Minutes later, students using the bathroom saw further evidence of the culture Beta is trying to nurture.

BETA isn’t just a good business because they are working towards a clean environment. They built a community within. When touring the establishment people bring their pets and we even saw one person bring their baby. When they work they look like they actually enjoy spending their time there. Everyone seemed to have a place and enjoyed being there. 

– Sasha

Beta’s core mission, of course, is to unlock the potential of electric aviation. It was amazing to be in a building where every employee, every project, and every space was dedicated to this singular goal. Our remarkable hosts, Sarah DeShaw, Brian Jenkins and Aaron Grossman, invited BCL10 students to tour Beta’s campus, to walk on the tarmac at Burlington international Airport, and even to fly around Burlington in the flight simulator. (The “sim” was awesome, but for some students, the highlight was the homemade chili lunch!) Jen Cirillo and Andrea Estey from Shelburne Farms joined us for the day, and they both reflected on our visit:

Visiting BETA was a fascinating inside look at what it means to innovate an industry like aviation—it doesn’t just mean building electric airplanes, but building an entirely new infrastructure to support the system. I was left pondering the incredible amount of resources it takes to get a new technology off the ground. Experimentation, even for the ultimate “good” of people and planet, leaves a footprint. It was a special experience to be there alongside BCL, and I hope it showed students that it’s possible to disrupt even the biggest industries. There’s a world of solutions waiting to be discovered.

– Andrea Estey – Shelburne Farms Communications and Education Marketing Coordinator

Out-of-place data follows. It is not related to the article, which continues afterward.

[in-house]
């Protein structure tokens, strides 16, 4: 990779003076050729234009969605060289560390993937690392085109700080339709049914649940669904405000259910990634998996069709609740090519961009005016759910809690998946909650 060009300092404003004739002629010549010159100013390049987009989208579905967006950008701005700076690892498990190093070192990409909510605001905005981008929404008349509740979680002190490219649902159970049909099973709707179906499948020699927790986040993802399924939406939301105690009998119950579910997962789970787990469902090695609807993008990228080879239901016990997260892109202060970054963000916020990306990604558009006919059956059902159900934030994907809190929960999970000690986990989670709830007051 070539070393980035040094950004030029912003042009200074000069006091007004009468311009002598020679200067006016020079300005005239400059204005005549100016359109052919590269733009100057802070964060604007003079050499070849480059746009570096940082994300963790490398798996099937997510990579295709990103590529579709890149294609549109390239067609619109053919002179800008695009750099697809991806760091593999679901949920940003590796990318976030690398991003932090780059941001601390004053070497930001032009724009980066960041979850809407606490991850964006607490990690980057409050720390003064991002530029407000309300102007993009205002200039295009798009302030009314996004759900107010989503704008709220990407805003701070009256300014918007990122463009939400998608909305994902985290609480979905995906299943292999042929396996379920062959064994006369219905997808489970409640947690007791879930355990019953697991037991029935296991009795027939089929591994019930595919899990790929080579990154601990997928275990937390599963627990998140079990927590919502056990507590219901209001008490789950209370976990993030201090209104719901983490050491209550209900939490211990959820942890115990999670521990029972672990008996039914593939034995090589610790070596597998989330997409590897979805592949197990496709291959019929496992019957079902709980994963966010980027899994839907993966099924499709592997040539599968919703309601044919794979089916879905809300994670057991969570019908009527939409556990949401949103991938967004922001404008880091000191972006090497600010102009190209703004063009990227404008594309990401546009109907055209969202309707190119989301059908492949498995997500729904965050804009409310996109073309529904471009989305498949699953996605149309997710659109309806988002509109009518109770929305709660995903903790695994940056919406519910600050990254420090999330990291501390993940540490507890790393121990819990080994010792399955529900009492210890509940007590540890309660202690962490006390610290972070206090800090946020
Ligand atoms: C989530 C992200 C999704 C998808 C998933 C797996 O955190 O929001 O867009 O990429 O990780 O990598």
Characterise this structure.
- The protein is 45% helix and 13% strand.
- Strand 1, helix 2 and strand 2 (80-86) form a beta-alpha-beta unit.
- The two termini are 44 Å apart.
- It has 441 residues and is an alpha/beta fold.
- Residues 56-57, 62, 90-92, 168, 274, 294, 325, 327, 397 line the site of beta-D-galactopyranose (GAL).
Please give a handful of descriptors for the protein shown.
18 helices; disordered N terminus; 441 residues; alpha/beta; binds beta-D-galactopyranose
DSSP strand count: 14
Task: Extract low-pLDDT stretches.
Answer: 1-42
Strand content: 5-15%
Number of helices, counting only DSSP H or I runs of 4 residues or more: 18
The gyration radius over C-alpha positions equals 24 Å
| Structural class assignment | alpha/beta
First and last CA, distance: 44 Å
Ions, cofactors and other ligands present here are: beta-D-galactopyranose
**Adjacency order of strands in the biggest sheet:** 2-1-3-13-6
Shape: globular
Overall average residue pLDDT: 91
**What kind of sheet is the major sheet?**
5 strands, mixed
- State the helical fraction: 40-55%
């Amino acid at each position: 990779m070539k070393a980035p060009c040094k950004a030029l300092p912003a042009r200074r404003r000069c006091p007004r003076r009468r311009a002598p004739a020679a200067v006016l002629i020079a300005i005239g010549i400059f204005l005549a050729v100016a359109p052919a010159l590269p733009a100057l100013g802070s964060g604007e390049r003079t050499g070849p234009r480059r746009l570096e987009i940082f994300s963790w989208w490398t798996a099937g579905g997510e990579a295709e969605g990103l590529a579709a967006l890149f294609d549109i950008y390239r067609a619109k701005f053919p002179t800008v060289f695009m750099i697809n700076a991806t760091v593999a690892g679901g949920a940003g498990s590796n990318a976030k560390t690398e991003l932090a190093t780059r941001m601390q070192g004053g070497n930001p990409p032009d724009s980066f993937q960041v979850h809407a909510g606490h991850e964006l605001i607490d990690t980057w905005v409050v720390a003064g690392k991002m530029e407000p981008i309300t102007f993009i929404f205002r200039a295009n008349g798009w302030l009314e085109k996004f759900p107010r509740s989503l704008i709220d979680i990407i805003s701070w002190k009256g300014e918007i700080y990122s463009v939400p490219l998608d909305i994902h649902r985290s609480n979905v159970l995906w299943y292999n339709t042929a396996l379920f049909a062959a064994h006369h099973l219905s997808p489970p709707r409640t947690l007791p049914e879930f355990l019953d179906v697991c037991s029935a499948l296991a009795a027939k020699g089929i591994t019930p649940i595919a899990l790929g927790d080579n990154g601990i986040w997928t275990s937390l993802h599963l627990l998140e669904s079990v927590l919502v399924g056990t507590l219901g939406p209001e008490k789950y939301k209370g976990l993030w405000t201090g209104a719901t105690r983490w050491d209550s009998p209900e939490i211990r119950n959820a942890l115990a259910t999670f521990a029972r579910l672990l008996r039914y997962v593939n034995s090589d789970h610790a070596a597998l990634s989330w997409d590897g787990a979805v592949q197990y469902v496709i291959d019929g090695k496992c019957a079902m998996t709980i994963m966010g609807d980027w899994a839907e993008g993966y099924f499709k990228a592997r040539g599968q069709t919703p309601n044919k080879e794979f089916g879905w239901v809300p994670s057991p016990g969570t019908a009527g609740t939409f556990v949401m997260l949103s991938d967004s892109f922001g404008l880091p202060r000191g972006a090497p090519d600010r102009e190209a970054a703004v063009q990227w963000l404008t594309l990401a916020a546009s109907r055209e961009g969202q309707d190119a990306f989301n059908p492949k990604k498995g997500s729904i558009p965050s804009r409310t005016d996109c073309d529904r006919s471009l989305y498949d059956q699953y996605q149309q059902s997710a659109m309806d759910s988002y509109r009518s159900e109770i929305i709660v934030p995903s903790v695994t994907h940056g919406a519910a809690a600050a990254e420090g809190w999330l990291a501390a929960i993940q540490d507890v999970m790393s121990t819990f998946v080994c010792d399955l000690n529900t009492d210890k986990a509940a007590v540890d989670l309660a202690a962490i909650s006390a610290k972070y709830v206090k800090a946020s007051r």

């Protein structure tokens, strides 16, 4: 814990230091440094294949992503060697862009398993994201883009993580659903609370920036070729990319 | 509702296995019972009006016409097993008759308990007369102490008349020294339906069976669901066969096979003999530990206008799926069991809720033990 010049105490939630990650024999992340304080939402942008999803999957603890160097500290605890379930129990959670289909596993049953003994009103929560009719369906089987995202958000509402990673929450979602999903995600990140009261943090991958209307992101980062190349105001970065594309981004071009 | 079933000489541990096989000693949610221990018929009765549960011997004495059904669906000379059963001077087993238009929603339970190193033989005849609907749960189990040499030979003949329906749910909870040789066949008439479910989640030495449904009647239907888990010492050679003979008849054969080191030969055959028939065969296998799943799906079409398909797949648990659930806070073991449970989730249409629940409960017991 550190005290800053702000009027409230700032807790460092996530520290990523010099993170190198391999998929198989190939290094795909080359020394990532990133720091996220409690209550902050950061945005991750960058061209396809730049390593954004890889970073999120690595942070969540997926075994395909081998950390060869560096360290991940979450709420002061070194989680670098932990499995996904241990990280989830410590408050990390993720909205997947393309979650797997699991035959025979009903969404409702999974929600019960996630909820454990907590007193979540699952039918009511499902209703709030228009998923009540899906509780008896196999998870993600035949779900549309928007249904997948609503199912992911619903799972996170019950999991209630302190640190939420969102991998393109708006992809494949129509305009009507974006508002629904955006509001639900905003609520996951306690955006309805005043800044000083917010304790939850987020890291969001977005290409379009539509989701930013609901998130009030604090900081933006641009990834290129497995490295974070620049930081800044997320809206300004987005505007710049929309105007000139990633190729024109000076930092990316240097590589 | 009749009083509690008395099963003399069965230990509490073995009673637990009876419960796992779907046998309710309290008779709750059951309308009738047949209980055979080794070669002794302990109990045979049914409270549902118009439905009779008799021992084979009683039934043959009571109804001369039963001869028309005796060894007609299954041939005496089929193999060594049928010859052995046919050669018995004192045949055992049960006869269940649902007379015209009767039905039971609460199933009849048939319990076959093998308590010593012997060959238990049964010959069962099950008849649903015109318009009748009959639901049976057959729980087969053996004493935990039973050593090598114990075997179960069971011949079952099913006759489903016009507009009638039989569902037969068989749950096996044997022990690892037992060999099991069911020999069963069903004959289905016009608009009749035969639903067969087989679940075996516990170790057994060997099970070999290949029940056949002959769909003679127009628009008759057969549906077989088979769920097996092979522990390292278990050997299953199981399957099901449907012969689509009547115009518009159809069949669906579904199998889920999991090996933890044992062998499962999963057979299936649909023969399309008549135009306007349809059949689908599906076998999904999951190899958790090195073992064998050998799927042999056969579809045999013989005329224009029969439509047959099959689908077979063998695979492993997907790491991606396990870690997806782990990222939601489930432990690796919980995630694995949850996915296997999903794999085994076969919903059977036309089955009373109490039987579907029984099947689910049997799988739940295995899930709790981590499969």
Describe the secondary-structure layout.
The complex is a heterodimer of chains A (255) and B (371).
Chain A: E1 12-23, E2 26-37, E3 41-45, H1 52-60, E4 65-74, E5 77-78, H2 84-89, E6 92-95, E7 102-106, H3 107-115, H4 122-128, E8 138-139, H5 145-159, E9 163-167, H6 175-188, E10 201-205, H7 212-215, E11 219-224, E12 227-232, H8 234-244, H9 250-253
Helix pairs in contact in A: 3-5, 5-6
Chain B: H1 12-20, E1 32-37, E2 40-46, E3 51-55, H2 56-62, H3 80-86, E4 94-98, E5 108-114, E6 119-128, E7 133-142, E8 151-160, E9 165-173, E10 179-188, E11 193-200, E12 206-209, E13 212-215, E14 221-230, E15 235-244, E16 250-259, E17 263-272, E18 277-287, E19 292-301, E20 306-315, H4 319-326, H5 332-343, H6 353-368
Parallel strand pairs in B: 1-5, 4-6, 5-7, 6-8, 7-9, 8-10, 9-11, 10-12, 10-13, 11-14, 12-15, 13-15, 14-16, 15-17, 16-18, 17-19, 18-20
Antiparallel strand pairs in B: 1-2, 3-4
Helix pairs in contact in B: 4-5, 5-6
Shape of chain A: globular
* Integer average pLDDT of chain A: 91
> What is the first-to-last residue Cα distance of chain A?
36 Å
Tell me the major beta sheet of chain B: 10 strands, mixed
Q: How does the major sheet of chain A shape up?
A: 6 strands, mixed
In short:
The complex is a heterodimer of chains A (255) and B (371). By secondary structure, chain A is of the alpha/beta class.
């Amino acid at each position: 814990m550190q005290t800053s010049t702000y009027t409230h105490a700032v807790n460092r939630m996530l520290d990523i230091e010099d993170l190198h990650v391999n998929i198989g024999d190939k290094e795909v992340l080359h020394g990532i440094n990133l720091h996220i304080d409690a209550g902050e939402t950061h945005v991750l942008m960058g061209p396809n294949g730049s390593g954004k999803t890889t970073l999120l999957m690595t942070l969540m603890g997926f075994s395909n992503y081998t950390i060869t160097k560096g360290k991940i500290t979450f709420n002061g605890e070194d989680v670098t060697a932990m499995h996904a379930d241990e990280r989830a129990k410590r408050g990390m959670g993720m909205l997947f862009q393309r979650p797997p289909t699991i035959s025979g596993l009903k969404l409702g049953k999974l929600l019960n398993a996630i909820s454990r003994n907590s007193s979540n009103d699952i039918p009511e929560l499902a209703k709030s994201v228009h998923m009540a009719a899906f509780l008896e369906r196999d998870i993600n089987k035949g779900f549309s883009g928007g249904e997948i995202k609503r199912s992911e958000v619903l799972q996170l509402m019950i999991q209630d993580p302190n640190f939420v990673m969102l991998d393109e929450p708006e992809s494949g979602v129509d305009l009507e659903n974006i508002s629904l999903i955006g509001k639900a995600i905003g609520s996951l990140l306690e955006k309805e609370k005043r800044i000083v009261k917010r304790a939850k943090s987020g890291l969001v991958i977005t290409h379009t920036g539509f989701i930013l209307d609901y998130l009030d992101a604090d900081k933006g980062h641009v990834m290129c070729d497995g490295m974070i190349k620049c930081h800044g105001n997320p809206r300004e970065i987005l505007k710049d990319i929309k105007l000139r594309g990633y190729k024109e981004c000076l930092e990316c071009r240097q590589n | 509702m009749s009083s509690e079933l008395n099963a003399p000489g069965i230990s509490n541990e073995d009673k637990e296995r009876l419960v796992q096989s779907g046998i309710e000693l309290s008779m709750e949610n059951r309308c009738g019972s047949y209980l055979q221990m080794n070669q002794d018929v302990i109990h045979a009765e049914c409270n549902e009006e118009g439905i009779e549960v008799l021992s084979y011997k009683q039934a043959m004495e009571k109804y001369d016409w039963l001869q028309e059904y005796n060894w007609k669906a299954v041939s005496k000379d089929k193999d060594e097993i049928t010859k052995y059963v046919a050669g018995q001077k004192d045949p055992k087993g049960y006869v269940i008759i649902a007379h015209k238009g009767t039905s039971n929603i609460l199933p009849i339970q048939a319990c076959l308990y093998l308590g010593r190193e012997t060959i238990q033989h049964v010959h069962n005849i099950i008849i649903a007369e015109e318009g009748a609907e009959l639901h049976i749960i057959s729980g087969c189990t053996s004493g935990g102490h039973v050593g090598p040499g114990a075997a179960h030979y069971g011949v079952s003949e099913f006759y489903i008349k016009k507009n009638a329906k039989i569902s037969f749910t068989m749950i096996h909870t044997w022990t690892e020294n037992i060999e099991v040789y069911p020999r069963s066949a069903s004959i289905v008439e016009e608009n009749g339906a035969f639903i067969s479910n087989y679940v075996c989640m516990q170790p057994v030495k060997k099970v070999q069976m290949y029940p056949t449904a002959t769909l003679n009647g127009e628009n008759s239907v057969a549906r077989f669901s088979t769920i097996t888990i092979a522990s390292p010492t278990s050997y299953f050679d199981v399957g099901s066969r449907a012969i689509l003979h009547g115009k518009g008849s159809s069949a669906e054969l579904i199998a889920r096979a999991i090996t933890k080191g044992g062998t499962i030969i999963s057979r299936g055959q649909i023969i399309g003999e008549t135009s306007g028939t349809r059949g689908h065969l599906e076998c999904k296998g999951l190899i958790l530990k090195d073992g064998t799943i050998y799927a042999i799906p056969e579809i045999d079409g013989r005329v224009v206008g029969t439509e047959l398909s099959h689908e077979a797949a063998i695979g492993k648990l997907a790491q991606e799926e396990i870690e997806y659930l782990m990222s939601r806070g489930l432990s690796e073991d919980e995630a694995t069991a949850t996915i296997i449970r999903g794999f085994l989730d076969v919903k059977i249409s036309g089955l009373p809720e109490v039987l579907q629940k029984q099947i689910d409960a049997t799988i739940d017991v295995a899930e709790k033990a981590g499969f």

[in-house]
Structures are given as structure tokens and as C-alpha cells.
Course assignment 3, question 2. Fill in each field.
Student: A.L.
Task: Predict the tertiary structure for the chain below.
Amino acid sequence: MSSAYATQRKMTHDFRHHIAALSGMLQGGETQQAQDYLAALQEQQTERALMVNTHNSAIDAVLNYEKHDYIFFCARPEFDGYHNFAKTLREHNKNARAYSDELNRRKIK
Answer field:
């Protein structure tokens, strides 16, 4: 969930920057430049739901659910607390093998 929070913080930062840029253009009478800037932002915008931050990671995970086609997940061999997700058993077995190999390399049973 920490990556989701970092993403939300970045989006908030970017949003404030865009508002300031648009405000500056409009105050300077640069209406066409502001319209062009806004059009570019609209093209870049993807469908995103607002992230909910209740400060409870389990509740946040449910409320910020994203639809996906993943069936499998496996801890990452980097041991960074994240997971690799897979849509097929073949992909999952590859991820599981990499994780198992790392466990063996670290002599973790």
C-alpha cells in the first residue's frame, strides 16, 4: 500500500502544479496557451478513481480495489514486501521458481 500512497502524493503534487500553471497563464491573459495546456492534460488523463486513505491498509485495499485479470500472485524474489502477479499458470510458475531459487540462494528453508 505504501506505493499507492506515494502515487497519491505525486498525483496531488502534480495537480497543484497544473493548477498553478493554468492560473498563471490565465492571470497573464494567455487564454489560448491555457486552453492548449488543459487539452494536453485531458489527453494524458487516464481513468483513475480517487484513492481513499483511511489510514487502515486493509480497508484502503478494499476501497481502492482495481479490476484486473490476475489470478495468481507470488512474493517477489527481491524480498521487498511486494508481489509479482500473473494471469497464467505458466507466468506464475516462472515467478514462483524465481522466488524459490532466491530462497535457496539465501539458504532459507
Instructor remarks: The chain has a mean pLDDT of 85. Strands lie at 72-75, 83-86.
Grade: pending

Jen Cirillo (Shelburne Farms) and Signe on the tarmac.  (Photo courtesy of Andre Estey)

From the moment we walked into the door it was clear that the culture at BETA was intentional and nurtured.  In each space people talked about creativity, inspiration from nature and using nature’s principles, and shared vision.  We experience the culture explicitly through the conversation and tour and implicit culture presents itself through small interactions, a shared meal and the design of the spaces.

Jen Cirillo – Shelburne Farms Director of Professional Learning

BCL students also reflected on their experience at Beta and environmental justice. Their quotes, and Andrea’s photos, help tell the story of our experience.

Sarah and Shacar discussing the unique Beta-designed motor.  

Brian reverse engineers Beta’s battery.
Brian teaches Summer and Sasha how to fly the simulator.

I think Beta does a great job with environmental justice because their whole idea is to be environmentally friendly.

Walter gives Jayde a ride up over Burlington.

I think Beta addresses environmental justice in a good way. Just how they use these engines and how they make them on their own and also what it takes to have them run and how everything has to “click”.

– Jayde
Ethan checking out the biomimicry in Alia’s design: The underlying structure of an arctic tern.

They addressed it in a way that has a lot of economic potential. Their goal of having anything and everything they’re involved in to be 100% clean energy really showed their commitment towards their goal.

– Ethan
Djani about to head out over Lake Champlain.

I think that Beta is trying their best to address environmental justice. They are trying to make a new way of flying and trying to make it as sustainable as possible.

– Kiernan
Post-lunch discussion about the experience at Beta.

I like the environment there, and I also like my experience on the simulator. It was cool to feel like flying a plane but not at risk of crashing the plane in real life. 

– Moe
Habiba feeling confident flying over Burlington…before Ngang watches her crash the plane!